Leaving Albuquerque, the route slows and now turns north and begins climbing into mountains with gullies and ridges. A leisurely afternoon of slow travel is ahead as the train works its way up easternmost New Mexico and by evening enters the southeasternmost corner of Colorado after passing through the Raton Pass and Uncle Dick Wootten’s ranch (story just below).

By now the Southwest Chief has climbed fully a mile above sea level as it turns north and easterly onto the flat plains and crosses in Kansas.

… Uncle Dick Wootten and the Santa Fe …
On Saturday afternoon we have wound our way around a curve passing the well-marked Wootten Ranch which was built by “Uncle Dick” Wootten, a 19th century guy with a resume longer than your arm. Wootten was a trapper, buffalo hunter, Indian fighter, guide, teacher, yaddadadda, including operator of a toll road. He was also involved in politics — the story is that the first meeting to consider statehood for Colorado was held in the second story of his store. Maybe, or maybe this guy had a terrific public relations sense and knew how to promote himself.

What does intrigue us about Mr. Wootten was his ability to negotiate a killer deal with the Santa Fe. You can read more about this truly engaging character HERE.

In 1878, instead of selling right of way, he got free groceries and free passage on the railroad for both himself and his wife for life. We’re not sure how long Mr. Wootten lived, or what he died of — but if he lived too long, we wouldn’t be surprised if the railroads had not sent someone out to terminate his contract. The 19th century was like that, you know.

… fighting the cold in our sleeping compartment …

Our compartment came with no heat, and by dawn of the second day we were bundled in our ski clothes, ski cap and gloves. At first our car attendant lamented about the age of the Amtrak rolling stock, but when we persisted he looked around and discovered he had failed to turn the heat on in the car before leaving Los Angeles. (Pete, self-portrait)

As evening approached, we decided to engage our car attendant on the issue of no heat. It was cold outside, and plenty cold inside. We had spent the first night bundled up trying to keep warm and weren’t looking forward to a second night of the same.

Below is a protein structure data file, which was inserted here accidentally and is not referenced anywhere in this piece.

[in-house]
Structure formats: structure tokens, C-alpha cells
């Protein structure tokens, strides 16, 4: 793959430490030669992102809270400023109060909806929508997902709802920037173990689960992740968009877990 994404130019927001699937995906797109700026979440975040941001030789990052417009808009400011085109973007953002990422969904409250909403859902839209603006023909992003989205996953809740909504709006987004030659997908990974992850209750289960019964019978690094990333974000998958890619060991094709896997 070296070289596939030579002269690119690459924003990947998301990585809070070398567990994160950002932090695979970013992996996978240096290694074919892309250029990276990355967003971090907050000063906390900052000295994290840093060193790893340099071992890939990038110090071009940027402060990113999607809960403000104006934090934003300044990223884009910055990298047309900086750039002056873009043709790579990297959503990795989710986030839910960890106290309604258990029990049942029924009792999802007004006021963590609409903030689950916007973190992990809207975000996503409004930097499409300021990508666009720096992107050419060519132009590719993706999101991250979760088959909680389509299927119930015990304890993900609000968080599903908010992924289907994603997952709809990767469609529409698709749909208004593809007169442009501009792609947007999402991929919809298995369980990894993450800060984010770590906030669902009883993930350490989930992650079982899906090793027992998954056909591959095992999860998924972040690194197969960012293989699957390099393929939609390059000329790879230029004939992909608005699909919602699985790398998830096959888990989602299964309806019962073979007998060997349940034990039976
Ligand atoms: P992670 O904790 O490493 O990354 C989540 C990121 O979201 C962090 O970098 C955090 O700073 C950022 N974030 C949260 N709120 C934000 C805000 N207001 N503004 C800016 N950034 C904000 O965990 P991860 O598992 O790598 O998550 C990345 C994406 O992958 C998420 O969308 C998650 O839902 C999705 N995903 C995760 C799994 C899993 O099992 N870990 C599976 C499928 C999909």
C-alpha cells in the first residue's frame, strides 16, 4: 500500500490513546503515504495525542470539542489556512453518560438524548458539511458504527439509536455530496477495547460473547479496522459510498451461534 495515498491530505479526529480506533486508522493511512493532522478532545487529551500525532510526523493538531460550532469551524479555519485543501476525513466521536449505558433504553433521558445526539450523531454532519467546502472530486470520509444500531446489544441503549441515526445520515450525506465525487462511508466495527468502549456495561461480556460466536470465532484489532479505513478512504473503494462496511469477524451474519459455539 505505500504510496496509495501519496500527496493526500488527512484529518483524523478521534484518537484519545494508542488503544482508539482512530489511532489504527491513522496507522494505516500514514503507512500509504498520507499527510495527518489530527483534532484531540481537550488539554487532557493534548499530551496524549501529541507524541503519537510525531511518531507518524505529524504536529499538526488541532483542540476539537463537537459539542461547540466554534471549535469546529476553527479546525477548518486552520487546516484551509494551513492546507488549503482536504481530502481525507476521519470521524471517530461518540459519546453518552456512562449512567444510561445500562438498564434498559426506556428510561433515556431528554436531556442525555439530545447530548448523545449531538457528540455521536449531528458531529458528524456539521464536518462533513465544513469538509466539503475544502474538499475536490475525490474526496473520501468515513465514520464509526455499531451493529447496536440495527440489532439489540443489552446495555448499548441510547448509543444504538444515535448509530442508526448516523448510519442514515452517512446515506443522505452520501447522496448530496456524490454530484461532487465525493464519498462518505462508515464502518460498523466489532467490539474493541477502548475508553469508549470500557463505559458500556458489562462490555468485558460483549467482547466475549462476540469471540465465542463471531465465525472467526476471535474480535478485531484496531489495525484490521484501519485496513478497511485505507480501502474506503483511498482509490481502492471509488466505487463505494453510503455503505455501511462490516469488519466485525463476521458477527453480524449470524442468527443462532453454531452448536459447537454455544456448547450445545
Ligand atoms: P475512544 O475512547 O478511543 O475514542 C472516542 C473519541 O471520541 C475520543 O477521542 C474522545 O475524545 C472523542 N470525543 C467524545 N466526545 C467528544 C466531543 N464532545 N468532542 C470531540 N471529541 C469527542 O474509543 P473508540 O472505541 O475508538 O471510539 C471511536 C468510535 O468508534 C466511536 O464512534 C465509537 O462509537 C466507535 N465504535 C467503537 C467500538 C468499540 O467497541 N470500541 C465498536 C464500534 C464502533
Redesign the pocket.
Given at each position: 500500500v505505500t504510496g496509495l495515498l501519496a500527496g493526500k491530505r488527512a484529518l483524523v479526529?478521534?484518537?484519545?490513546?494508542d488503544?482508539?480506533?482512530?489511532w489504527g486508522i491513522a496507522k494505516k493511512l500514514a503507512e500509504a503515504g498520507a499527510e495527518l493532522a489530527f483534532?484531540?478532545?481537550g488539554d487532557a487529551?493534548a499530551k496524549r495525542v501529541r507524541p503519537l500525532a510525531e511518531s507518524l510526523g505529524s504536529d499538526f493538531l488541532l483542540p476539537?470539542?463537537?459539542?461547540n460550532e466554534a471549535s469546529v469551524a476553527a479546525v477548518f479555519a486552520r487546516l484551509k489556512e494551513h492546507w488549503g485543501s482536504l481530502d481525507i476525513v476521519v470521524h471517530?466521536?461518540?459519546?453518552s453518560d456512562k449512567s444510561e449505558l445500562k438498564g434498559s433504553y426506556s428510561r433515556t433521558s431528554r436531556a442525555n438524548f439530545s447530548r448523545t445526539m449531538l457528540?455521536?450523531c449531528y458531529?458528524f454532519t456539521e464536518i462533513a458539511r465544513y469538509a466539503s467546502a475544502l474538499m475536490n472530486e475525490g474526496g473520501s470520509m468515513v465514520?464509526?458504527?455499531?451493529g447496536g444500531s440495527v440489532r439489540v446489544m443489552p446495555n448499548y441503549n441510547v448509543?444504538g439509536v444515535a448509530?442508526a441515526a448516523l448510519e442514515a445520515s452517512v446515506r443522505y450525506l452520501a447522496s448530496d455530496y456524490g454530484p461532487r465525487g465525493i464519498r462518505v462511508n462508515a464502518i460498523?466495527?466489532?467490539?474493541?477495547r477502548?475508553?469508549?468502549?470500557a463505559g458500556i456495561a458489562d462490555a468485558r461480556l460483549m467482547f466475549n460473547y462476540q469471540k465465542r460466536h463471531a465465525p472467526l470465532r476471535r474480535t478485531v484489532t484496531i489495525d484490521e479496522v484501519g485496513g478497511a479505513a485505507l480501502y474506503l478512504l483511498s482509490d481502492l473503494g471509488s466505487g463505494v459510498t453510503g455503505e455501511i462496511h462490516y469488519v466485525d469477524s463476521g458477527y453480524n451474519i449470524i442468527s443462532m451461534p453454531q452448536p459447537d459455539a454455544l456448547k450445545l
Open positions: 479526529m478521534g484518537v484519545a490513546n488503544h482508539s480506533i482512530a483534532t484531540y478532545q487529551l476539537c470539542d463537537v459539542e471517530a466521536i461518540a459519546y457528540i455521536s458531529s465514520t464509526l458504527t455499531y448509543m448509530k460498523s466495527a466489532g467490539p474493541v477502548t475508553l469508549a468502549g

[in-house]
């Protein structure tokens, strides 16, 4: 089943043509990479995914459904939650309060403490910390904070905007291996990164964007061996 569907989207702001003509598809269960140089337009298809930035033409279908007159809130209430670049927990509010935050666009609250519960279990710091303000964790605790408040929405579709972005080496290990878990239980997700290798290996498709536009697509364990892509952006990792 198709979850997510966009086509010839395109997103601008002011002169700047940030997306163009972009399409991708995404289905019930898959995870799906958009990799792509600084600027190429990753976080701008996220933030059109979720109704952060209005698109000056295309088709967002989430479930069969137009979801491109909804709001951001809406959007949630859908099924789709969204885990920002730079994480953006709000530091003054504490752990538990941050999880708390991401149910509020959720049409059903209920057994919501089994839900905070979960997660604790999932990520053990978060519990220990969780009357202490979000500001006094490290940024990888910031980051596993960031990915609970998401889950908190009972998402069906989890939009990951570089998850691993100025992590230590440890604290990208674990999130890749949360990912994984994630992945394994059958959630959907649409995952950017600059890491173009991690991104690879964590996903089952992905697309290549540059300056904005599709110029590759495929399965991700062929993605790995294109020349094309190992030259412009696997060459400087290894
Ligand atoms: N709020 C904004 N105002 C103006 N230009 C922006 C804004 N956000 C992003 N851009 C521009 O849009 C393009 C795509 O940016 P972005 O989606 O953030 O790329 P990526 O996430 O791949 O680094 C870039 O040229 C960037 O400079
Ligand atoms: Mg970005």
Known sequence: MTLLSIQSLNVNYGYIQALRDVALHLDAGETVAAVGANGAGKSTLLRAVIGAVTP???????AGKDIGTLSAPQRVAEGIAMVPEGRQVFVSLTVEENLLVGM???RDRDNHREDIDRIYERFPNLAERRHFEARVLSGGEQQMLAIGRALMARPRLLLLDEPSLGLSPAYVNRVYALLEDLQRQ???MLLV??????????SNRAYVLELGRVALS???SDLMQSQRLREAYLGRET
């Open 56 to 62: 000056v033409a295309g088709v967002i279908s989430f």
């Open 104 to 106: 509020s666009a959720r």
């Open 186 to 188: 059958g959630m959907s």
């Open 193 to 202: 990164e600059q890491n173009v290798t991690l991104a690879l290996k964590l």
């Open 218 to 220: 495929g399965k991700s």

Frostbite was lurking.

Moe appeared distraught about our plight, and oozed sympathy. But, alas:

“These are old trains — twenty years old or more,” Moe said.”There’s really nothing I can do.”

“Well, something must be done,” I replied. We were considering burning the sheets and any wooded items we could find in our compartment for warmth. We were willing, in fact, to burn down the entire sleeping car or train itself.

“We cannot have that,” we were told sternly. “Did you just say you were considering starting a fire on this train?”

“I see nothing in the train rules that say I cannot start a fire on board, so long as my fire does not have smoke. There is no smoking on the train, but nothing about no fires.”

This was not sitting well, but, after a bit more of this preposterous banter, Moe agreed to go look around and see what he could do. “I doubt very much that I can help,” he said, but being the kind of guy he is, he sure was willing to give it his all. Plus, I’m pretty sure he wanted to get away from us as fast as he could.

He vanished.

But in moments, he was back — and he had had success!

“The heat was not turned on downstairs,” he proudly told us. “I turned it on!” And that appeared to be true because heat was now flowing into our compartment.

Our geriatric sleeping car could produce heat after all!

But only if the car attendant turns it on.

07 == DAYS 2/3 / New Mexico, Colorado and Kansas

… across Kansas to Kansas City …
The train rans in darkness across the flats of Kansas all night, darting into and out of the towns, pausing for only a few moments. By dawn we were on the outskirts of Kansas City and, again an hour early, we pulled into the old, classic, gorgeous Kansas City station.